Rosetta Stone won’t wait to go public

Jennifer Collins Apr 16, 2009
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Rosetta Stone won’t wait to go public

Jennifer Collins Apr 16, 2009
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TEXT OF STORY

Bill Radke: This recession has been lethal for malls — just way too many empty storefronts. One company that has been thriving in shopping malls is the language-instruction business Rosetta Stone. You might have seen one of their many kiosks in a mall near you. Later today, Rosetta Stone will hold its initial stock offering. Yes, they’re going public today, in one of the worst bear markets in years. Marketplace’s Jennifer Collins tells us why.


Jennifer Collins: Ilianna Vaca is one of 25 students facing a quiz on Rosetta Stone software today.

Rosetta Stone: Three.

Ilianna Vaca: It’s saying number three.

Rosetta Stone: Ding.

Vaca: I got that right.

Right now, Rosetta Stone is facing a test of its own. The company sells software to the military, schools and consumers who want to learn languages from Arabic to English. And it’s been pretty successful. Since 2007, its profit has more than quadrupled. And now, Rosetta Stone wants to sell stock worth about a third of the company.

David Menlow has advised businesses about their IPOs for 20 years:

David Menlow: Unless there is a compelling reason why they need to get this money into their accounts now, my advice would be do not sell your stock now.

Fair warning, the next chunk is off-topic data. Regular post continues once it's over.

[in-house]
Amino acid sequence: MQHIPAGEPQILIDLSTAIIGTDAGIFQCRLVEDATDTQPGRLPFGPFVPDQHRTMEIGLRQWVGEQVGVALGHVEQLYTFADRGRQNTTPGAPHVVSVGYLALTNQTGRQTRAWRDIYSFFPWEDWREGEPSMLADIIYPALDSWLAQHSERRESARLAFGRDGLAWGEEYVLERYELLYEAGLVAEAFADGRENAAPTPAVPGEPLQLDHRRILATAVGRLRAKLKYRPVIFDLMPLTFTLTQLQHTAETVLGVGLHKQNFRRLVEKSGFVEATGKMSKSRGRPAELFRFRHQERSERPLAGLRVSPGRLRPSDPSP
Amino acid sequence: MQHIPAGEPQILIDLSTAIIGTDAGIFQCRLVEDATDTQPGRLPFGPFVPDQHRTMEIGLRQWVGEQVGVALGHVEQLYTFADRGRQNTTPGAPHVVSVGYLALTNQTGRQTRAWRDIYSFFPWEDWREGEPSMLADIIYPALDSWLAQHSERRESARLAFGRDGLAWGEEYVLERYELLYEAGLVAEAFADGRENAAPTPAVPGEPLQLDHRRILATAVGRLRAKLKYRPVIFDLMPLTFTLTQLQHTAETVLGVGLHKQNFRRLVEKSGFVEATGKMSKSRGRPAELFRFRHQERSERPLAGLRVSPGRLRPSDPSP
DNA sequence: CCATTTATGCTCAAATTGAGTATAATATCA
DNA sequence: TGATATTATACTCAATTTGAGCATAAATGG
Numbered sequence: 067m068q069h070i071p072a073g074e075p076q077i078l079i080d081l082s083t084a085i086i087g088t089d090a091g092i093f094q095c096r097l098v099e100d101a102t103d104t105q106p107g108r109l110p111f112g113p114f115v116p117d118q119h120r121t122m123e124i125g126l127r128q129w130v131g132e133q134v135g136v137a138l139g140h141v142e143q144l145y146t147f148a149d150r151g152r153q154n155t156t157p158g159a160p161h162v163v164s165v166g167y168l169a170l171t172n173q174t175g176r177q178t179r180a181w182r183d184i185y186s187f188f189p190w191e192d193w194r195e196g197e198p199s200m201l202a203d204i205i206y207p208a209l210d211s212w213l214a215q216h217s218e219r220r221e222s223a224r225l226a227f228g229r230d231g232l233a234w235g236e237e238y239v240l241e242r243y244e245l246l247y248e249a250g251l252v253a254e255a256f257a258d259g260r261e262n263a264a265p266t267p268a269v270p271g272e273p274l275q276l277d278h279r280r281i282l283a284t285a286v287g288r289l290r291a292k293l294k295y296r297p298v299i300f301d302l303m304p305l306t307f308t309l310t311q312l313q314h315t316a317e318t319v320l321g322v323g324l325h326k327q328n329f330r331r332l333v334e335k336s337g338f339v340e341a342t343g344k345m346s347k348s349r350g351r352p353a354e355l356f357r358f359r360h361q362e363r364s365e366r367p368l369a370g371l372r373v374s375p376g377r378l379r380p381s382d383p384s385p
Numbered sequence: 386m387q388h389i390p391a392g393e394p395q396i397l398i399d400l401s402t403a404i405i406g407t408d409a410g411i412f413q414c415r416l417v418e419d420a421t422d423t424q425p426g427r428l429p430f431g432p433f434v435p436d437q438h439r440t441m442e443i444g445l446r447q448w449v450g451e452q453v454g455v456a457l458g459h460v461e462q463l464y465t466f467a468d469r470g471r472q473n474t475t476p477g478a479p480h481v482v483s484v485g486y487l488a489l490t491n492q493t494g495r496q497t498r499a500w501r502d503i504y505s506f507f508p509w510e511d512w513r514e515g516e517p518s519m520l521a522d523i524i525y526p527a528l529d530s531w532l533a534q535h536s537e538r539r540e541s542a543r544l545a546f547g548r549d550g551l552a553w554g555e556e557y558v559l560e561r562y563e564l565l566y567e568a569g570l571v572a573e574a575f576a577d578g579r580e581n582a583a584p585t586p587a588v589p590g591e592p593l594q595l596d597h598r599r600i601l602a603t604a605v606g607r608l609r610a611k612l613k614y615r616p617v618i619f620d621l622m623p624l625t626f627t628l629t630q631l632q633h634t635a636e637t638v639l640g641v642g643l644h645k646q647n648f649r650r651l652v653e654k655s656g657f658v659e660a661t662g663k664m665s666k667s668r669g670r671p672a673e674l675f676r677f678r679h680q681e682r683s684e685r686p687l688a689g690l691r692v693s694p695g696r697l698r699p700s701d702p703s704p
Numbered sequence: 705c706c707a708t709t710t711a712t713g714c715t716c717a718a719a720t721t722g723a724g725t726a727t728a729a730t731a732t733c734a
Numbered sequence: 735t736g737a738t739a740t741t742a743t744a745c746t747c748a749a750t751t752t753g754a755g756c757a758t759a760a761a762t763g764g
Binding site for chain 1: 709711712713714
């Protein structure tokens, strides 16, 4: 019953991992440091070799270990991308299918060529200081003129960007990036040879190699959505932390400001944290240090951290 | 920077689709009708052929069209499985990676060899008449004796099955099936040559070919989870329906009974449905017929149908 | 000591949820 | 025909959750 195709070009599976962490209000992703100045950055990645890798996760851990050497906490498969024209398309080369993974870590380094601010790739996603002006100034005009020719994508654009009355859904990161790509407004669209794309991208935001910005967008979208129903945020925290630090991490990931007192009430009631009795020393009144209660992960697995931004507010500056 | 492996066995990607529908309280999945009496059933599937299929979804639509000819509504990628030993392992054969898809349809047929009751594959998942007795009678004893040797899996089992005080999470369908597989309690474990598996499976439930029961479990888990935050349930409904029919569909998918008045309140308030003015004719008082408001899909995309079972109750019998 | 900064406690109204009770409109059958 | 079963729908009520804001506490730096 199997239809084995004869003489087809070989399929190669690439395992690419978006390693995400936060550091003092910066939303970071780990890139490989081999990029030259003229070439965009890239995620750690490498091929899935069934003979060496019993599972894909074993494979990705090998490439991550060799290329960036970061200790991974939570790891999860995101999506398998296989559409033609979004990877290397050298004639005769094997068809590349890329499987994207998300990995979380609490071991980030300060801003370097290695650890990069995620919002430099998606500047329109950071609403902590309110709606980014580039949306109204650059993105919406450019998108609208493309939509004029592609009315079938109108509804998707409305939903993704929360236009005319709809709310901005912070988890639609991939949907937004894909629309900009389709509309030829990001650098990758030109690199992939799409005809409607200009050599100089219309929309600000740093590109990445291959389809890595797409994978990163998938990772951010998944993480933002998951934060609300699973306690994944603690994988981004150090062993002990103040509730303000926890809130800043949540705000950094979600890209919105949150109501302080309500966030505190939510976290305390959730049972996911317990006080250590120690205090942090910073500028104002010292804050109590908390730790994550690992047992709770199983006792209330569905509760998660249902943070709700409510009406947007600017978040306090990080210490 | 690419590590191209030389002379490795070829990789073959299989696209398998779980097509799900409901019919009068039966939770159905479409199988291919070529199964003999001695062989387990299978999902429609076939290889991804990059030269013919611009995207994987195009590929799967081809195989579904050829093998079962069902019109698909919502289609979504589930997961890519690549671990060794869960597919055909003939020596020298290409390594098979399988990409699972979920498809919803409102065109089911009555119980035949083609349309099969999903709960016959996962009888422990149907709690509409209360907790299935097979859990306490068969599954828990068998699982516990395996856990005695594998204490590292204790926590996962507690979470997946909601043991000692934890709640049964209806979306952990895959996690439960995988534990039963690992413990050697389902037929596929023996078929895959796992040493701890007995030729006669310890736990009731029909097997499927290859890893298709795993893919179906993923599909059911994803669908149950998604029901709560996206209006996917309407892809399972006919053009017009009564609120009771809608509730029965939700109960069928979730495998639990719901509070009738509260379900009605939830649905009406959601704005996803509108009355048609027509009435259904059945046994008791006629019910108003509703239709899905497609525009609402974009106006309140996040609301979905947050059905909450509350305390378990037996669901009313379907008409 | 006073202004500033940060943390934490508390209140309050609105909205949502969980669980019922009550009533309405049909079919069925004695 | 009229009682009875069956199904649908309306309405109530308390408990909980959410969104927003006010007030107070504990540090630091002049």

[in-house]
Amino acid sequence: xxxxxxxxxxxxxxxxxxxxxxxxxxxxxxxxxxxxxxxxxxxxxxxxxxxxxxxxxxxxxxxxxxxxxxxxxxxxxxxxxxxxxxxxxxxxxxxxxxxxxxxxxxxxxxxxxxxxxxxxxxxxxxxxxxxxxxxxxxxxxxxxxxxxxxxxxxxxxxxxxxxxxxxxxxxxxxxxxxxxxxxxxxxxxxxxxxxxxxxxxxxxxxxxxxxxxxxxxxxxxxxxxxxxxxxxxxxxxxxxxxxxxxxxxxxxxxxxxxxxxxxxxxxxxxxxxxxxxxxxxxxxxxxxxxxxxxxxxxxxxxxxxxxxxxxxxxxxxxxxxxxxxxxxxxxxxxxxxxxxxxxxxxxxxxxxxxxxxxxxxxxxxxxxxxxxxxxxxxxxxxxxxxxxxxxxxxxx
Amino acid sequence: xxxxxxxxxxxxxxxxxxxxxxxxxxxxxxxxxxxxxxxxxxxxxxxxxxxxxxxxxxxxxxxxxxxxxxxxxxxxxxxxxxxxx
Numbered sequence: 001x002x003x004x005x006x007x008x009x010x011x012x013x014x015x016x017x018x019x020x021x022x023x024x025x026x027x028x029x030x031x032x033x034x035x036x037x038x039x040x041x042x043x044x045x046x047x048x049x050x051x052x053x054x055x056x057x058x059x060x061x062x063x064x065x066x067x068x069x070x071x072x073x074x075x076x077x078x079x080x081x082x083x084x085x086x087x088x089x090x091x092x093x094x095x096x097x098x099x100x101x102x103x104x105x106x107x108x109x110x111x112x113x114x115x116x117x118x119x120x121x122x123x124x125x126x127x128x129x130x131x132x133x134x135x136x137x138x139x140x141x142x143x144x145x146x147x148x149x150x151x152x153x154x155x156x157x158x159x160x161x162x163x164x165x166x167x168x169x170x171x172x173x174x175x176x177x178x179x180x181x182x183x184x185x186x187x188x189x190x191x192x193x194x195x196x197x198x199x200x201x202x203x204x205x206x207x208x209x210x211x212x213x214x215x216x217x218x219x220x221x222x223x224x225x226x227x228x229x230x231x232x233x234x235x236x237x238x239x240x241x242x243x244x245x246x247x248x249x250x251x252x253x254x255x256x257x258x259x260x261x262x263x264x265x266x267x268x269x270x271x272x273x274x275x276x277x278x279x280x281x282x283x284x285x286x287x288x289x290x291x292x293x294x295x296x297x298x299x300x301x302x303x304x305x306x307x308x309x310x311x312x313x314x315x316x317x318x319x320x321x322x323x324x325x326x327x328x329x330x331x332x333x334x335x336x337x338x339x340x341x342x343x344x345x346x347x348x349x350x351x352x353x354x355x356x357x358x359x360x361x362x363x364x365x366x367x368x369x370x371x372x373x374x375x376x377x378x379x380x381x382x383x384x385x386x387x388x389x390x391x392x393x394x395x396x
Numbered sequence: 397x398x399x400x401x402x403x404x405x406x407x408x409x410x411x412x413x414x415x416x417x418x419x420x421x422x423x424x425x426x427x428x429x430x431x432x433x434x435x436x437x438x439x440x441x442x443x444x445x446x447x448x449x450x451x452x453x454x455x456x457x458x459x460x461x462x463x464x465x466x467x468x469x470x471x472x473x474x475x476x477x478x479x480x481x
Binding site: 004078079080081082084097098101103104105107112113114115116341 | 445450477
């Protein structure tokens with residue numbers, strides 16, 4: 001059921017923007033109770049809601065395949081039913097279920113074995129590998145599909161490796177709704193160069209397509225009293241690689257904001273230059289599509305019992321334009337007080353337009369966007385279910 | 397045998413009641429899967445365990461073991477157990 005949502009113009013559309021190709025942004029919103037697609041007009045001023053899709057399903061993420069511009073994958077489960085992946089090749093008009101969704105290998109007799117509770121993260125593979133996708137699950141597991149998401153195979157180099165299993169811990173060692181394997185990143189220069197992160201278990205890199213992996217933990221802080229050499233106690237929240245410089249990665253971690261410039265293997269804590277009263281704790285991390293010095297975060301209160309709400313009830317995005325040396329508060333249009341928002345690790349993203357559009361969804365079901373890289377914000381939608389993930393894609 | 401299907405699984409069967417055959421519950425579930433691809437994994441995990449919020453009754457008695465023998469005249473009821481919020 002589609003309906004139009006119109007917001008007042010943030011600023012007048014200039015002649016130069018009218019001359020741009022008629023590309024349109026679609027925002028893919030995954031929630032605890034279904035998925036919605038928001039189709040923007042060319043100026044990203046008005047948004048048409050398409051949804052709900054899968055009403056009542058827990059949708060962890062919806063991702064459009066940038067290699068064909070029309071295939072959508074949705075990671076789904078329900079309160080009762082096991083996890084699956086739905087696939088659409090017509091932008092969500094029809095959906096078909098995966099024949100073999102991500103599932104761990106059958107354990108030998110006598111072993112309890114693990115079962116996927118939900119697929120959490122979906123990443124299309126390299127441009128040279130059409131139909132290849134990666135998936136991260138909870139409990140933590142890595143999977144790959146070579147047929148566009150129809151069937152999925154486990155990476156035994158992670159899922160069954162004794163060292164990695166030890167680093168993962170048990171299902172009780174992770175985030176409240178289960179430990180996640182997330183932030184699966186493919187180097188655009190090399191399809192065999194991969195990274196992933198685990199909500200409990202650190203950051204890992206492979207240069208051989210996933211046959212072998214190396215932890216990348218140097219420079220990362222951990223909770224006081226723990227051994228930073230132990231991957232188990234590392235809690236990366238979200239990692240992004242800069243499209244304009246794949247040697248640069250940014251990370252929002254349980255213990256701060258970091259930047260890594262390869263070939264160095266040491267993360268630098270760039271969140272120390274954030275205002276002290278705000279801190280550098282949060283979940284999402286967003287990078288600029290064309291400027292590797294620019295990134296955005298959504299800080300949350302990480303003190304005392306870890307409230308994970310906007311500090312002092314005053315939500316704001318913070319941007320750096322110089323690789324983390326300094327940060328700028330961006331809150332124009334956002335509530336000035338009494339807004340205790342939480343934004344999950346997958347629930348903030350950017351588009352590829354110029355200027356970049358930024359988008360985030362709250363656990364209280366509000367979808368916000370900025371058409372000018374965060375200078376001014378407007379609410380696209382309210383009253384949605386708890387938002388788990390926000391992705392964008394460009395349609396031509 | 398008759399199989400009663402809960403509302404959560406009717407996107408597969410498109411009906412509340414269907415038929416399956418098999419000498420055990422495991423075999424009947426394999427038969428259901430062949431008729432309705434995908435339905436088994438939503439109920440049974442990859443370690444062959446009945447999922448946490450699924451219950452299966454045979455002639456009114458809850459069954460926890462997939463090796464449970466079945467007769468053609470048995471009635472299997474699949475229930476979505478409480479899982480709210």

Rosetta Stone hopes to raise more than $50 million with this public offering. Menlow says it could double that — if it only waited.

But there are reasons to list now. The money raised with the stock sale can be used to pay off debts — or, tech analyst Rob Enderle says, to buy up competitors.

Rob Enderle: If they can time it right and it’s a good one, then 10 years from now they might be the only major player in the segment. Sometimes it’s worth taking a major risk for that kind of an outcome.

There’s just one problem: Enderle says Rosetta Stone may not be well-known enough to generate the kind of buzz that gets people buying. And if it doesn’t open well, buyers are so skittish it could hurt the IPO market for others.

I’m Jennifer Collins for Marketplace.

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